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York is the county town of North Yorkshire, in the north-east of England. Unfortunately, it's not particularly accessible by any motorways, but the A roads serve it well, specifically the A19. The city often finds itself on tourist itineraries due to its history and beauty. York is small enough that it can be easily explored on foot and though there are many things to do and see, the main sites can be covered in a day or two.
York originated in 79 AD as a Roman army camp, around which a settlement developed. The settlement was named Eboracum. The Romans leaving Britain did not damage the city as it continued under the Saxons, who called it Eoforwic. York became the capital of a Saxon kingdom named Deirwa, which later combined with another northern kingdom to form the Kingdom of Northumbria. The Saxons made few changes to the city and their buildings, being wooden, have not lasted.
The Vikings invaded and captured the city in 866 AD, modifying the name slightly to Jorvik, from which the current name comes. Later, York was sacked in the failed northern revolt against the Norman invasion. By the Middle Ages, York was the main city in the north of England.
As a result of Charles I's dispute with Parliament, the King was forced out of London. For a time, York was his base. Charles and his court were based in the former Abbot's House of St Mary's, which was renamed King's Manor as a result. The city was besieged by Parliamentary forces during the English Civil War before being freed by Prince Rupert, cousin of King Charles. He and his army were then defeated at the Battle of Marston Moor, leading to the surrender of the city.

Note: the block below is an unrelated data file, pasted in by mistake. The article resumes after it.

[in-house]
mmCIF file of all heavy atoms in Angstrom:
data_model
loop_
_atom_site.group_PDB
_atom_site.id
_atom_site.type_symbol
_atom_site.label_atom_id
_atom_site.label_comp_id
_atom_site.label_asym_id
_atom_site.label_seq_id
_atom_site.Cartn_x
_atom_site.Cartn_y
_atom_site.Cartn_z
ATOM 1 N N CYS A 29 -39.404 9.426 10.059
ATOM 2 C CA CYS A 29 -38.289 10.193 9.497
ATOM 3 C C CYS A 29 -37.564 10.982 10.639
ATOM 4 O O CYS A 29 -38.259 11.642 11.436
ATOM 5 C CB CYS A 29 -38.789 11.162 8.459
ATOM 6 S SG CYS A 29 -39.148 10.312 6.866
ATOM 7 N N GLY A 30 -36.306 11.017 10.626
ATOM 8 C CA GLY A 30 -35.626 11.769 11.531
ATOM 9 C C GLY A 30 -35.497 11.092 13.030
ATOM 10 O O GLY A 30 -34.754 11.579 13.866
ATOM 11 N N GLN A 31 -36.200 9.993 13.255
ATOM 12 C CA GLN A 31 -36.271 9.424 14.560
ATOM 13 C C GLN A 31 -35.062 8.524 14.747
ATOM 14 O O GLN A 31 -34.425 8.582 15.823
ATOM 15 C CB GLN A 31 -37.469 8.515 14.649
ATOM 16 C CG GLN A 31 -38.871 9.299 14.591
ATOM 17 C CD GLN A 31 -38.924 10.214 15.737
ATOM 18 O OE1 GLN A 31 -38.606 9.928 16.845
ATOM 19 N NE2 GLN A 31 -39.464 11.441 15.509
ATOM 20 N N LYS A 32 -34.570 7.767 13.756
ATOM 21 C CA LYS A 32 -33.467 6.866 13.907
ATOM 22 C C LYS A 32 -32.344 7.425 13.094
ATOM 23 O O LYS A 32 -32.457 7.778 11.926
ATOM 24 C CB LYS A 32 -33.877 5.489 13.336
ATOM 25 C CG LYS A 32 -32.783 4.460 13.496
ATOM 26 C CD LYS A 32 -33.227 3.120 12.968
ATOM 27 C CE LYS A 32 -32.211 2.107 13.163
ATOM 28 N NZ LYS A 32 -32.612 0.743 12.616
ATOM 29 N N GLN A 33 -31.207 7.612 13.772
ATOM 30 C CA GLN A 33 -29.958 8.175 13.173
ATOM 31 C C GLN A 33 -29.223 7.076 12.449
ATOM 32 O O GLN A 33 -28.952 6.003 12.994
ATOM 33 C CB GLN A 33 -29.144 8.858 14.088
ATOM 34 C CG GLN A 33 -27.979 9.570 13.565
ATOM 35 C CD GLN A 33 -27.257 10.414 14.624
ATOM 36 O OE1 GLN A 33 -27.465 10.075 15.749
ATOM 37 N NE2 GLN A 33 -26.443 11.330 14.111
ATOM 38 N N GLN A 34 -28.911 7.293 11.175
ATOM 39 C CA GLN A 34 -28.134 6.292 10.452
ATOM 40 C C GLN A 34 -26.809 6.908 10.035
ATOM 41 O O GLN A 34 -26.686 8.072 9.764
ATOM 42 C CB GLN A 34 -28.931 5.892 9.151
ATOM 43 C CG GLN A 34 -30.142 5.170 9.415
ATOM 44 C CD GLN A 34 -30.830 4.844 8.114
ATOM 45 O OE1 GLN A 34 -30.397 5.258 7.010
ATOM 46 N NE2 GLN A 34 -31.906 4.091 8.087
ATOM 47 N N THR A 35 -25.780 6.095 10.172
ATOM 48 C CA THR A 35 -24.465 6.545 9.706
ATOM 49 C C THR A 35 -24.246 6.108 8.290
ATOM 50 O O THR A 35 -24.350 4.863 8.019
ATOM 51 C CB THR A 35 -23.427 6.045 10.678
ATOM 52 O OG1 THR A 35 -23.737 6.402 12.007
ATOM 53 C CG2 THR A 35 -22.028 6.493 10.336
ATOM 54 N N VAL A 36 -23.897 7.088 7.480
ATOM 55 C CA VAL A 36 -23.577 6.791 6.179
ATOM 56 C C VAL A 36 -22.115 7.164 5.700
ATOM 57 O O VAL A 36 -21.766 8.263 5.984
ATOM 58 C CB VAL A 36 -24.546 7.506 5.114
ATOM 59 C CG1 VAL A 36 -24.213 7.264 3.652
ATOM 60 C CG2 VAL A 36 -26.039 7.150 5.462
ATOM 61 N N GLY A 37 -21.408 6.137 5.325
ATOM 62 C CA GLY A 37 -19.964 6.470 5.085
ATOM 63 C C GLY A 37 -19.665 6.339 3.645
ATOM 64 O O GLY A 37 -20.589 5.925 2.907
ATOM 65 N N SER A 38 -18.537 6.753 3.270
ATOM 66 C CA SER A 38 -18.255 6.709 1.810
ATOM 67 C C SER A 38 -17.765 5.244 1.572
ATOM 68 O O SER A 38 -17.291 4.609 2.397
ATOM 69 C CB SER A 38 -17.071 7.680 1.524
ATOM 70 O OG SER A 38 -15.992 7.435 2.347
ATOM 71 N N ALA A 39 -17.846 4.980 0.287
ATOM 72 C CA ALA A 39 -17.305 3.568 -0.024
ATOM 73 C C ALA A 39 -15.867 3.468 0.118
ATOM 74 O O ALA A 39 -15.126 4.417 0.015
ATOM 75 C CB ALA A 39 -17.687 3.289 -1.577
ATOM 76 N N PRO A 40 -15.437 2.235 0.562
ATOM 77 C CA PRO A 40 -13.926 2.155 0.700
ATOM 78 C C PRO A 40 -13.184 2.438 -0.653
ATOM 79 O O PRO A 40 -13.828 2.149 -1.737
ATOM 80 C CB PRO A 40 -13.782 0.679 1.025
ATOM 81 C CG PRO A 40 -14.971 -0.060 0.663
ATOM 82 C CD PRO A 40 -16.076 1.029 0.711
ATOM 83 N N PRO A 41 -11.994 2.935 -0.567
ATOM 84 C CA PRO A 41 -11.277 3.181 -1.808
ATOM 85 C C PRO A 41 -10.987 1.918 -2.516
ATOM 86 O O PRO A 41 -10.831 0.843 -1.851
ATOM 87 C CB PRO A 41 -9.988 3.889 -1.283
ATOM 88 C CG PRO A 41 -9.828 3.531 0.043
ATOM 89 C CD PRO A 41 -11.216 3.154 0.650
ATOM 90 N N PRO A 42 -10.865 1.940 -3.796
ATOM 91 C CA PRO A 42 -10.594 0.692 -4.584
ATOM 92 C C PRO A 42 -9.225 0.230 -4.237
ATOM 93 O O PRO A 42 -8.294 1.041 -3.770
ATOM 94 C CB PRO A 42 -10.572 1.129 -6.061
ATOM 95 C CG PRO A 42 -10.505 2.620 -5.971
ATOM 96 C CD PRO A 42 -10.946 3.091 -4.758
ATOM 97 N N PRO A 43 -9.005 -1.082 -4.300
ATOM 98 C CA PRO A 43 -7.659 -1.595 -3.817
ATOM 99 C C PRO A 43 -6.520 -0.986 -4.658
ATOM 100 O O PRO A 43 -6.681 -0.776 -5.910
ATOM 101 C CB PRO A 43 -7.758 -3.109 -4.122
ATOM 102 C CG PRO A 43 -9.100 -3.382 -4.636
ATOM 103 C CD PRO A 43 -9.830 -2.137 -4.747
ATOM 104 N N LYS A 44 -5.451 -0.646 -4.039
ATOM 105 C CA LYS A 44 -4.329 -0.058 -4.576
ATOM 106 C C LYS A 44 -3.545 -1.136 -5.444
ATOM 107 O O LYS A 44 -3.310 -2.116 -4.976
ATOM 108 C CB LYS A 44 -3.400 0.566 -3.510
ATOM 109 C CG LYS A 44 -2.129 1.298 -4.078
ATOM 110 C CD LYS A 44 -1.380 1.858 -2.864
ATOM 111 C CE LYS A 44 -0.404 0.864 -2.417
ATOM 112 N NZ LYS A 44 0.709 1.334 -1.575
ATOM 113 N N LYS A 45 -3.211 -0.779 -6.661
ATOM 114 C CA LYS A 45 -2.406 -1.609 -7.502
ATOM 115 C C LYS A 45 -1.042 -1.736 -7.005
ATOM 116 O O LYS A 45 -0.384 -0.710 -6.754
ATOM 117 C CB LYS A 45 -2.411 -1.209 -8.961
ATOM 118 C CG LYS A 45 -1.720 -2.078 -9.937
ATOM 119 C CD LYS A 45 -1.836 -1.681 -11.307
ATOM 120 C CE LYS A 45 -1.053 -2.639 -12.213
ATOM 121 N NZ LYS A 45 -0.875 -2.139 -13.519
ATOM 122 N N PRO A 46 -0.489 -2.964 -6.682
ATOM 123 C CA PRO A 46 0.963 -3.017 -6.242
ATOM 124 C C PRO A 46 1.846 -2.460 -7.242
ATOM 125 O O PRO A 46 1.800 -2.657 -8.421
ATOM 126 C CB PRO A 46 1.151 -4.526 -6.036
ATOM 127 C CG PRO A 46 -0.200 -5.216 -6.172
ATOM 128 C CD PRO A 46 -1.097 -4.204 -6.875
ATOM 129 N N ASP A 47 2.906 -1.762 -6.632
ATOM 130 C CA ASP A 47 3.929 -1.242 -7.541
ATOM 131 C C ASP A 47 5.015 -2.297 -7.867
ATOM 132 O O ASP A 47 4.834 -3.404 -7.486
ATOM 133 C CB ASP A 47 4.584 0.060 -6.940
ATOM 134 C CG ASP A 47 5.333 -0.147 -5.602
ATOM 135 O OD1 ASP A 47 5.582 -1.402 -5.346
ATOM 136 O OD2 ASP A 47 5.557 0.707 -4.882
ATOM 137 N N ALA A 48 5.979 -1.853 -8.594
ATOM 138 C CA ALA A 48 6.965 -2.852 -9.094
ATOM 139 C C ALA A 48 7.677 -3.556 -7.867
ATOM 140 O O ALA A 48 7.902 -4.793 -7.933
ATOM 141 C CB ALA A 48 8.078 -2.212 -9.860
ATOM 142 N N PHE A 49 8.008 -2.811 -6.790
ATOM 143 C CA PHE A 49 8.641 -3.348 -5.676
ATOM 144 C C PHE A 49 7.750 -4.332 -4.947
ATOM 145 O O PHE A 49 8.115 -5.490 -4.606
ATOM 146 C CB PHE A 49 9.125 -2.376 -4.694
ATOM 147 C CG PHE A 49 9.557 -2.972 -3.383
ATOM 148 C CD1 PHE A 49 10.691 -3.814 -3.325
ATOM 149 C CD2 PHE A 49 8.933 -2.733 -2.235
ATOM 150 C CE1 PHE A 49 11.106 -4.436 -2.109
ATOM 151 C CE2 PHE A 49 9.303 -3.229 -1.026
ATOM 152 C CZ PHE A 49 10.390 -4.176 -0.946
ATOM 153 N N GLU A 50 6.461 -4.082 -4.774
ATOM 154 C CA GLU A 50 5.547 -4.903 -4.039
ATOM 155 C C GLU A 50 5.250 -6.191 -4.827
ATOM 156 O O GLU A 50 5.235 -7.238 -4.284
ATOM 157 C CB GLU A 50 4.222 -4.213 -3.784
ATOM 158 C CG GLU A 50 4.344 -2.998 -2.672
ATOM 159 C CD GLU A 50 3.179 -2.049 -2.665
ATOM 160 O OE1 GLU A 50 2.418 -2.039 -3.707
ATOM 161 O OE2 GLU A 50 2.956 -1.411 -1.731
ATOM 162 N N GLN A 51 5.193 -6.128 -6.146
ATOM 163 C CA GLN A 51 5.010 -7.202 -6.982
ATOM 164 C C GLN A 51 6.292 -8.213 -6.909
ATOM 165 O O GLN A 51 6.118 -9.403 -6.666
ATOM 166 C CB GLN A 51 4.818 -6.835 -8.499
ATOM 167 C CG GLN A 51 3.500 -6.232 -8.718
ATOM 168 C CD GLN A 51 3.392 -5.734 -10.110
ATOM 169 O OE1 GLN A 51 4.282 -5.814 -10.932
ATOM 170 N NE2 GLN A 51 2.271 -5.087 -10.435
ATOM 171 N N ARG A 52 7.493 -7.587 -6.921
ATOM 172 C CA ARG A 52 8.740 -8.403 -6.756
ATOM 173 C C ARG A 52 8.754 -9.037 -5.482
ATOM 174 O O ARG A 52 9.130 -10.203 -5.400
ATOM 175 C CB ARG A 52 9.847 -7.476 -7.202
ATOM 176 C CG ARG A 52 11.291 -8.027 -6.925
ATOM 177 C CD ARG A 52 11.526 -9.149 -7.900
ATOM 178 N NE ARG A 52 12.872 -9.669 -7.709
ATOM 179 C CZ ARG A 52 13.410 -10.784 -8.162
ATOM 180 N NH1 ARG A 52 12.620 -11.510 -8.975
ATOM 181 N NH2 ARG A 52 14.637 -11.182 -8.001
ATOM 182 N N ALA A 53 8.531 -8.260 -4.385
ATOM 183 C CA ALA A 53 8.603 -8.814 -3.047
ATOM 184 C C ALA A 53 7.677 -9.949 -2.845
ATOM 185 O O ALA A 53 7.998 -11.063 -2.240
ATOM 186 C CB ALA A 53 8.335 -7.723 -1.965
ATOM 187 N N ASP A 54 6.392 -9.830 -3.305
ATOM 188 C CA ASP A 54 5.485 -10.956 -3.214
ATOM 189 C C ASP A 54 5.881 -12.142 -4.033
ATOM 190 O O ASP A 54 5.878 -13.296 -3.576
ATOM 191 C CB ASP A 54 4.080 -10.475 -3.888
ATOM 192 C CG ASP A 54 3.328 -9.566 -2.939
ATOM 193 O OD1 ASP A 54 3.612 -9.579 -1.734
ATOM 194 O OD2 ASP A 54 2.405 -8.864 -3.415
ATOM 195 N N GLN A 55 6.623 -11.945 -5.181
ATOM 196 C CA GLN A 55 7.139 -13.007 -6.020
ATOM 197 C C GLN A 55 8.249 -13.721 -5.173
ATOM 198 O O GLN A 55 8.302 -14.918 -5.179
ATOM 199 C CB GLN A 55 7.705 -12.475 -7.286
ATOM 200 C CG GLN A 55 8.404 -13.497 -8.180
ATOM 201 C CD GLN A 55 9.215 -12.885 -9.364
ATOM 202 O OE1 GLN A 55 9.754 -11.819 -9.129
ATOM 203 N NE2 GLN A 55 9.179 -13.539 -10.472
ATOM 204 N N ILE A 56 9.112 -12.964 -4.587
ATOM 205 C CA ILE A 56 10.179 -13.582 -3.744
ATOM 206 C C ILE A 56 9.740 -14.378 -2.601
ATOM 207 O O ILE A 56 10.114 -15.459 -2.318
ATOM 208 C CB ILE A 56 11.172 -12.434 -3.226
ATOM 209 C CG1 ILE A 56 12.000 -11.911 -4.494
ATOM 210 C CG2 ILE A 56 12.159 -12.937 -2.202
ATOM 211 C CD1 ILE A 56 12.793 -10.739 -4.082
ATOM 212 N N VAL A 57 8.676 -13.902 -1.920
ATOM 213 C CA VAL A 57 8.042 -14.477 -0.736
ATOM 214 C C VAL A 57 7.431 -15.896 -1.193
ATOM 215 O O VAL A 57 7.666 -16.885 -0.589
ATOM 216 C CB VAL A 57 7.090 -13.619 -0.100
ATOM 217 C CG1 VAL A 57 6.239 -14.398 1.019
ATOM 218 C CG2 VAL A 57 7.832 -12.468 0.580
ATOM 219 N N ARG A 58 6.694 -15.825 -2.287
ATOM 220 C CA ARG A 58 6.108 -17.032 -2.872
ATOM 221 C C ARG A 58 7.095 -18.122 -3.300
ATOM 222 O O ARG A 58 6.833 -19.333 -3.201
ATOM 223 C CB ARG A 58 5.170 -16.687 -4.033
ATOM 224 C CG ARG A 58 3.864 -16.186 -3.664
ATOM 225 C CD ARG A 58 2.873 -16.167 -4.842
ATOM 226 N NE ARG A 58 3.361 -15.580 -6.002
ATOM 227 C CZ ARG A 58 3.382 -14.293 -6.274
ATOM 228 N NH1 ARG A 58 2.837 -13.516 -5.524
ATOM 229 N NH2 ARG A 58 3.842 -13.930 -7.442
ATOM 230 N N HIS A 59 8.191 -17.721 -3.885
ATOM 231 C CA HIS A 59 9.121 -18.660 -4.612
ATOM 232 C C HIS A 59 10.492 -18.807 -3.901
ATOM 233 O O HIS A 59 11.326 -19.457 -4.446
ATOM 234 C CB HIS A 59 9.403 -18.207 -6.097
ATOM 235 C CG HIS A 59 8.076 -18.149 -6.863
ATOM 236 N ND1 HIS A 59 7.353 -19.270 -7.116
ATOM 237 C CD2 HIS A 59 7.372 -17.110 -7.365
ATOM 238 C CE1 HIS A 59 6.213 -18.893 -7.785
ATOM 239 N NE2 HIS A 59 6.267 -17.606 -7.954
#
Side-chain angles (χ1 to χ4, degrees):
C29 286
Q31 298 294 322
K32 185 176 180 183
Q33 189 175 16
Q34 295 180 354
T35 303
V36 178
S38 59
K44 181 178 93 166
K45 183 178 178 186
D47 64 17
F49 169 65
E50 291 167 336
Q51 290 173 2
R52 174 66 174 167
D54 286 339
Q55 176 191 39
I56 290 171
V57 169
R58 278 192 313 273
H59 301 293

York was also popular with Georgian socialites, and in the Victorian age the rise of the railways and manufacturing provided a boost to the city. While York's importance as a northern city has faded thanks to the rise of more industrial cities like Leeds, Sheffield, Newcastle, Liverpool and Manchester, this lack of industrialisation has preserved its heritage, making it a popular place to visit.
Where To Visit
Number one on your agenda should be York Minster, the huge medieval cathedral which dominates the city. You have to pay to get in any further than a few metres, but you can attend a service if you wish. If you have five minutes to spare, you can get a great side view of the Minster from the Marks and Spencer shop on Parliament Street1. Go up to the top floor, where there is a large window with a telescope that is well worth a quick look.